• Build an anxiety toolkit -see online sources AnxietyBC and HeretoHelp
  • Remember if you have a setback it’s because you were progressing – I know it can be harder to pick yourself up as the fall is harder. But there has been progress. You’re doing something right!
  • Structure your day – for me every action of my day is planned around managing this. From how I breathe, to what I eat, drink, when I am going to exercise, read about managing this. To try and deal with this I have had to look after me in ways I have never done before.
  • Listen to people who inspire you- everyone has set backs. You can overcome it.
  • NLP – neuro linguistic programming – positive thoughts.
  • Watch funny programmes.
  • Positive psychology.
  • Mood tracker – do daily what helps your mood to stay up?
  • Identify your triggers – find ways to diffuse them and plan.
  • Serotonin boosting foods dark chocolate is one!
  • Meet new people, reach out and extend your network. Do new things. It might scare you and sometimes I find I’m the one holding me back not it. It’s just the fear.
  • Keep a gratitude journal. Don’t let anxiety cloud you so all you see is it.
  • Catch a negative thought then tell it to shut up and go away. Challenge them. Take control.
  • Write about it – the thing you fear, that Saturday night out with friends, the match, the wedding whatever, don’t censor, just let it flow. Catch the negative thinking and challenge those thoughts.
  • Try everything you can and go with what works for you. I cannot stress enough this is a such a personal journey – there is no right or wrong way. It’s what works for you.
  • When you know what works for you – then you know you have some control over it. Then it controls you less. This is super important – the game changer.
  • Self love – love yourself enough to do whatever it takes. You’re worth it and you deserve it.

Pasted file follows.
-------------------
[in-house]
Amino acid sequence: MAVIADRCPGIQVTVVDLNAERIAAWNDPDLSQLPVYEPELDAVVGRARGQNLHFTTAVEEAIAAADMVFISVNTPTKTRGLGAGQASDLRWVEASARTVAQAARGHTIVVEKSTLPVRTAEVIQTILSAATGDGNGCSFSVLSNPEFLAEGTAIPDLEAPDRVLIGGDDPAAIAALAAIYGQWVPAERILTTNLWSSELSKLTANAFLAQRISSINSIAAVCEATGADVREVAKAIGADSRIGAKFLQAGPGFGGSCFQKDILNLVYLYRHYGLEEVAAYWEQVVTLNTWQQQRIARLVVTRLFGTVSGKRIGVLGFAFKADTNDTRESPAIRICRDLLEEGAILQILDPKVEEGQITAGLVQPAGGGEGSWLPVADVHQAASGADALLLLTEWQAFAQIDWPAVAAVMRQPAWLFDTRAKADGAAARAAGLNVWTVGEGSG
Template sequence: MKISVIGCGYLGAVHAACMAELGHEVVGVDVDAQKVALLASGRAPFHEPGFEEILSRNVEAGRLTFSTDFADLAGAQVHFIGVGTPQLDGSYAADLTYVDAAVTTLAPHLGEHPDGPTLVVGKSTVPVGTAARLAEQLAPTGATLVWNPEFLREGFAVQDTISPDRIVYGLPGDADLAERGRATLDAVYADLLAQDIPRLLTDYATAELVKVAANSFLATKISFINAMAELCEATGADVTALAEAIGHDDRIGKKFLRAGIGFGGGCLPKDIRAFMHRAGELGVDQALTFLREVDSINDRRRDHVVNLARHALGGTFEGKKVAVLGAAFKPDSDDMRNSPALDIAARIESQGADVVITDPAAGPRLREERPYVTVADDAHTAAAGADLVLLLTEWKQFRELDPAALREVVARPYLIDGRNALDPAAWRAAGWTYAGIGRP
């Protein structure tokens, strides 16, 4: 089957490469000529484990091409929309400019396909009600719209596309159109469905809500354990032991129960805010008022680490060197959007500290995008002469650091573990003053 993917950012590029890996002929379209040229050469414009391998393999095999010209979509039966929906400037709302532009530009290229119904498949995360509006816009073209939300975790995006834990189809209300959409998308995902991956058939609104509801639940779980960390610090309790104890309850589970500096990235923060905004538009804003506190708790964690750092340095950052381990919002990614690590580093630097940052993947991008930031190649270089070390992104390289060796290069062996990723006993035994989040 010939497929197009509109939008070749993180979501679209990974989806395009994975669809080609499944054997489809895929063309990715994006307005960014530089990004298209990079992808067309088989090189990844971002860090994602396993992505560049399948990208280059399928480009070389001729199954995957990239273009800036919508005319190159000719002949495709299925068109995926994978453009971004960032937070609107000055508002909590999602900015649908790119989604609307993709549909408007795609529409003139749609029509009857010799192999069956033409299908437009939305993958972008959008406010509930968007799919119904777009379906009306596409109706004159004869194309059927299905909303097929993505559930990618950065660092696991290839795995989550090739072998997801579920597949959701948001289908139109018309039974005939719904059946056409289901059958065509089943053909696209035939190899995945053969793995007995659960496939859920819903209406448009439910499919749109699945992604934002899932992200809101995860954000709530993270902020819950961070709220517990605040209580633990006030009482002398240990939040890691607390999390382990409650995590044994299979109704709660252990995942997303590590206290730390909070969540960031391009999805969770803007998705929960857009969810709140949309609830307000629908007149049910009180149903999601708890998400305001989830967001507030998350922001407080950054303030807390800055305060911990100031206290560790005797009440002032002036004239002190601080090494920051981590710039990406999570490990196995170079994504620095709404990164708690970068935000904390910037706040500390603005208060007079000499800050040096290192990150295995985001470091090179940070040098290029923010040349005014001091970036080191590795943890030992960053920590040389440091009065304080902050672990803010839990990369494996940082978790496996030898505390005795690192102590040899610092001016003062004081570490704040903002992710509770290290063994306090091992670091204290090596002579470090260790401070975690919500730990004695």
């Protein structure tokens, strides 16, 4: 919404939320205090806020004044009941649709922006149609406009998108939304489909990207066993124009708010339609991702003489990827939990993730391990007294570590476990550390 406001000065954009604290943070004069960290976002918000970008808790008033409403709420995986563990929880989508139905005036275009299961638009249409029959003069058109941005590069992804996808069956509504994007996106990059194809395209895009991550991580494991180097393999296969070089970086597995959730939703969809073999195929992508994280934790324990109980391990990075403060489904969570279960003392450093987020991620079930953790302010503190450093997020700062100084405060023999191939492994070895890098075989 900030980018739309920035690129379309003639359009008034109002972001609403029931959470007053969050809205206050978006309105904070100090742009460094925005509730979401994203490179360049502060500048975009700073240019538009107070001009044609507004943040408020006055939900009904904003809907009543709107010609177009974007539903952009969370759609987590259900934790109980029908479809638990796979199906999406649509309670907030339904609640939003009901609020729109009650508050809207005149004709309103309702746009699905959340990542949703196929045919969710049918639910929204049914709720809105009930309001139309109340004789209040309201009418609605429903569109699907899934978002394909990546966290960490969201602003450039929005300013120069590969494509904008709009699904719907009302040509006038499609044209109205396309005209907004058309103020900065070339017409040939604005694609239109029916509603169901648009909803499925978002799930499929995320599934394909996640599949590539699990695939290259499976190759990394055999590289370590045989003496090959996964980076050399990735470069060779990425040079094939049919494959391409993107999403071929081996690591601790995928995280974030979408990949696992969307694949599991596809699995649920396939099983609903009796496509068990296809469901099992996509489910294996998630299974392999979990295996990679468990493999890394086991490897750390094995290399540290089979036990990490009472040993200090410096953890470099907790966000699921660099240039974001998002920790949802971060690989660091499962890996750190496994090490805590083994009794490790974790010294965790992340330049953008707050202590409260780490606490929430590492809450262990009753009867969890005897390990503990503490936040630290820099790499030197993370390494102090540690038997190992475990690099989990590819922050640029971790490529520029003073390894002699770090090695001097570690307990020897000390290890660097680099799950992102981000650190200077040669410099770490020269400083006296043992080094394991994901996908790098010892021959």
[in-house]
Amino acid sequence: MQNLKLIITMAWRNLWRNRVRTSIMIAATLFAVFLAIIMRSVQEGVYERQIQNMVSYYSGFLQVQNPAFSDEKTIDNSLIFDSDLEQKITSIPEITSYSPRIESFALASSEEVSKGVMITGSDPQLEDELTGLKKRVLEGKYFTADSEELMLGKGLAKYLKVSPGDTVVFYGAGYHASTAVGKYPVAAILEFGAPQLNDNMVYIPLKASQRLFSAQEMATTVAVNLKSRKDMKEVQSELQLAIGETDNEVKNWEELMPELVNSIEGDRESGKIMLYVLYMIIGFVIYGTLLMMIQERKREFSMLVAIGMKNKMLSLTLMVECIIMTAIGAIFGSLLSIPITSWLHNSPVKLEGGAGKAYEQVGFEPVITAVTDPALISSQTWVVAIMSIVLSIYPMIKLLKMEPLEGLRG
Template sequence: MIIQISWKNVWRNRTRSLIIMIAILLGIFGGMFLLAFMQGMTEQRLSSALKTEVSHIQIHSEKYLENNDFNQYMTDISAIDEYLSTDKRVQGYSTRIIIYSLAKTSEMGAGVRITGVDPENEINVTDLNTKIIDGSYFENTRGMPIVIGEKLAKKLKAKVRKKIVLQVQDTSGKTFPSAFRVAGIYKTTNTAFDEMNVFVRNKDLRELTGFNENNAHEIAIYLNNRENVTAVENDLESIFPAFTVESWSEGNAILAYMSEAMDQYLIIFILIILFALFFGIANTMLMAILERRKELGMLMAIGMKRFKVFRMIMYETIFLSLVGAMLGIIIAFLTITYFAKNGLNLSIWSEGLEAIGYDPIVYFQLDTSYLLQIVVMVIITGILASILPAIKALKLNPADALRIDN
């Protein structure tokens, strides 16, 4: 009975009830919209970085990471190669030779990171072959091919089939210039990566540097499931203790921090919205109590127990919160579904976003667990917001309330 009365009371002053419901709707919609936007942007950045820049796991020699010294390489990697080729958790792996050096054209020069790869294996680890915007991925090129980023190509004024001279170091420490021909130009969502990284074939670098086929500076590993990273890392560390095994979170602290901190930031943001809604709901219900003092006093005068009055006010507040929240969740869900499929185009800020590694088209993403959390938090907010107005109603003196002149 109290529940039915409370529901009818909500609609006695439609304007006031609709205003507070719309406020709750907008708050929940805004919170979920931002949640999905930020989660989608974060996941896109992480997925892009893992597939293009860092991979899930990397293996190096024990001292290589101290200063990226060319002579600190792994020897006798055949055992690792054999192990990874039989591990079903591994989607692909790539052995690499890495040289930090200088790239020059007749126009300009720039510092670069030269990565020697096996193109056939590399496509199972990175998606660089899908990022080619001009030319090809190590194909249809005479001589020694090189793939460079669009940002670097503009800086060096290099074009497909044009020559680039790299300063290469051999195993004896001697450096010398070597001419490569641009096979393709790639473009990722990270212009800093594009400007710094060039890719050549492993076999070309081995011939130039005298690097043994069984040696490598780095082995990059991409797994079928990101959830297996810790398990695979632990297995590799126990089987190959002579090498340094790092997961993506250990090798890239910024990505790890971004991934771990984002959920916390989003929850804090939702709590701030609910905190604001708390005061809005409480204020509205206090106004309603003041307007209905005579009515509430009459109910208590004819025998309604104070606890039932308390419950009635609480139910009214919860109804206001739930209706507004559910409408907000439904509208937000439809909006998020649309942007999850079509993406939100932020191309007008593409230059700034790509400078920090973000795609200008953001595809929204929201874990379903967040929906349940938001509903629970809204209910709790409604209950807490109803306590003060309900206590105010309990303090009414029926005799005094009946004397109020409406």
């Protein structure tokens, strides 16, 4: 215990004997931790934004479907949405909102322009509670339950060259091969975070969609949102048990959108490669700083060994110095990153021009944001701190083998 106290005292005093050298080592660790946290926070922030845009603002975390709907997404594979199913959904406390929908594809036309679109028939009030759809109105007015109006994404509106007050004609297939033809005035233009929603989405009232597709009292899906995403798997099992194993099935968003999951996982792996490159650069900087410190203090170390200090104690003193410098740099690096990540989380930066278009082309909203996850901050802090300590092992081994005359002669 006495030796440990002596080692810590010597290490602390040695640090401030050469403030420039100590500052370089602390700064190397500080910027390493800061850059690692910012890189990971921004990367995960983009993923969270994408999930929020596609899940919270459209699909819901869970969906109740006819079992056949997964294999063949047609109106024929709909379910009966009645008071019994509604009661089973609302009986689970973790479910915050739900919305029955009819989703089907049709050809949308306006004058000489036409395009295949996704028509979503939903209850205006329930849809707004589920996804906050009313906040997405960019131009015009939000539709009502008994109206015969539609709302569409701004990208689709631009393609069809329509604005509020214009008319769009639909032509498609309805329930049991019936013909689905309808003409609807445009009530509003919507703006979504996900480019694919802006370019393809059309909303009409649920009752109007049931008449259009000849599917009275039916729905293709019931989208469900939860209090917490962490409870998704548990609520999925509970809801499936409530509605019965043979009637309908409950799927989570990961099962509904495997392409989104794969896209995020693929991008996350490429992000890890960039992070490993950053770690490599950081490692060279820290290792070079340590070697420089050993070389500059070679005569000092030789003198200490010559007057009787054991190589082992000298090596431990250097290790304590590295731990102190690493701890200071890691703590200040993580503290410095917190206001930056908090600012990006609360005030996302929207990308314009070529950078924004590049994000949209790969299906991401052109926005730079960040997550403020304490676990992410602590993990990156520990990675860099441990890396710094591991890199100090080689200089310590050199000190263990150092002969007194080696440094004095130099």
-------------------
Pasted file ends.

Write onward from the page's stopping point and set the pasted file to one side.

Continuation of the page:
• Get a moodboard and write the above on it where you see it daily. Put other inspirational quotes there too or even just a list of what works for you.
  • Laugh and have fun – once in a while let go.
  • Do things you love, music, writing, photography etc.
  • Do anything that calms you- light a candle, run a bath. Do it frequently.
  • Last one but the most important – Get support. Talk with the people you love – tea and chats are the fabric of my life. They will help with set-backs and suggest other approaches, pull you out of the anxiety cave. They will help you beyond measure, talk to them and for me I didn’t have to tell them I had anxiety they knew and suggested ways to deal with it. That helped me because I didn’t have the words. I was so afraid to have that conversation but I’m glad they had the courage to start it have it with me. If you don’t have anxiety or mental health illness being able to recognise it in others and help them can make a massive difference to the person.

Things that I have not tried or tried but did not work for me but may for others:

  • Buteyko breathing
  • Medication
  • Hypnotheraphy
  • Lindel method.
  • Grow- mental health support group.
  • Positive affirmations – Louise Hay Book Heal your Life is good for this.
  • Some people say art or being creative.

 

 

Concerns: There are campaigns for mindfulness and positive psychology programmes in school but what about employment? I feel like there is a whole generation of people who we need to give a voice to. It needs to be dealt with at more then face value. People in employment need to be protected from stigma because from my experience its alive and well. I know we live in Generation Anxiety and we do need to learn skills to deal with it. But it should not just be with youth and schools. I admit fully I had no clue about anxiety until I got it. Not a notion. Its made me appreciate the little things in my life. You have no idea how a day of calm is celebrated by me! Some of my friends don't have a clue about anxiety. I have not had the conversation. I cannot even begin to explain sometimes because its hard to get the feelings out. I just deal with it. I don't think people can accept something if they don't understand it. So it does start with you and it starts with us educating them.

My advice: I resisted medication for the longest time. Anxiety devours you and your life the longer its left untreated so my advice to anyone suffering in silence is::
1) Doctor just go and tell them
2) Counsellor - ask around for a good one
3) Do whatever it takes so try CBT, Mindfulness and in the end Acceptance and Commitment Therapy worked for me.
4) Dump any negative ideas about anti-depressants. After a month I felt like there was light and I was doing things I had not done in years again. Its managed to give me back my life. I cannot promise the same for you but I can tell you it worked for me. 
5) Family and friends - tell someone you trust and who cares and they will support you.
6) Don't beat yourself up. I was the worst for this because I felt like a failure for having this. I felt like I will never have a relationship with someone and there was alot of negative self talk. It does not help anything. You have to believe in yourself.

Doug LeddinComment